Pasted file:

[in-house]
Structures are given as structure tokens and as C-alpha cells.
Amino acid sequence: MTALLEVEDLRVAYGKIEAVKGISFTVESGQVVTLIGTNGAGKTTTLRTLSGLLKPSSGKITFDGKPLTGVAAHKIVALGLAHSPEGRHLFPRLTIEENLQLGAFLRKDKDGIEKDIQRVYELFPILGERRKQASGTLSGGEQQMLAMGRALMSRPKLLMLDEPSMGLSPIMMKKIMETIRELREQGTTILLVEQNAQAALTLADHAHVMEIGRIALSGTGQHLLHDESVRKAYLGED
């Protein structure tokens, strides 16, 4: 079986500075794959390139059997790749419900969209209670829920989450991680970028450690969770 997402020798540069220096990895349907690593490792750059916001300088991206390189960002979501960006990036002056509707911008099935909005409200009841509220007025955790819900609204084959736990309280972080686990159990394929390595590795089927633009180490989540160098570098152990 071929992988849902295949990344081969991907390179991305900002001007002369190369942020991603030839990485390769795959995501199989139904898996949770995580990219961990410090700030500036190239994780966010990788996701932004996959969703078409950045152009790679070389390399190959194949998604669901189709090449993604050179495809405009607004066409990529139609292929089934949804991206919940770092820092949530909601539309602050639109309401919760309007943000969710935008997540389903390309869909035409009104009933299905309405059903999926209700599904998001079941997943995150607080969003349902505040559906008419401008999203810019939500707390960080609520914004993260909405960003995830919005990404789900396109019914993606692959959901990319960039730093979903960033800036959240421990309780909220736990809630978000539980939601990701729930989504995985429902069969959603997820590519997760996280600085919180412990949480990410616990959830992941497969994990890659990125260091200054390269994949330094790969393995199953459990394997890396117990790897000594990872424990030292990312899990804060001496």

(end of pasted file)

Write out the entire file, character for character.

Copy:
[in-house]
Structures are given as structure tokens and as C-alpha cells.
Amino acid sequence: MTALLEVEDLRVAYGKIEAVKGISFTVESGQVVTLIGTNGAGKTTTLRTLSGLLKPSSGKITFDGKPLTGVAAHKIVALGLAHSPEGRHLFPRLTIEENLQLGAFLRKDKDGIEKDIQRVYELFPILGERRKQASGTLSGGEQQMLAMGRALMSRPKLLMLDEPSMGLSPIMMKKIMETIRELREQGTTILLVEQNAQAALTLADHAHVMEIGRIALSGTGQHLLHDESVRKAYLGED
């Protein structure tokens, strides 16, 4: 079986500075794959390139059997790749419900969209209670829920989450991680970028450690969770 997402020798540069220096990895349907690593490792750059916001300088991206390189960002979501960006990036002056509707911008099935909005409200009841509220007025955790819900609204084959736990309280972080686990159990394929390595590795089927633009180490989540160098570098152990 071929992988849902295949990344081969991907390179991305900002001007002369190369942020991603030839990485390769795959995501199989139904898996949770995580990219961990410090700030500036190239994780966010990788996701932004996959969703078409950045152009790679070389390399190959194949998604669901189709090449993604050179495809405009607004066409990529139609292929089934949804991206919940770092820092949530909601539309602050639109309401919760309007943000969710935008997540389903390309869909035409009104009933299905309405059903999926209700599904998001079941997943995150607080969003349902505040559906008419401008999203810019939500707390960080609520914004993260909405960003995830919005990404789900396109019914993606692959959901990319960039730093979903960033800036959240421990309780909220736990809630978000539980939601990701729930989504995985429902069969959603997820590519997760996280600085919180412990949480990410616990959830992941497969994990890659990125260091200054390269994949330094790969393995199953459990394997890396117990790897000594990872424990030292990312899990804060001496």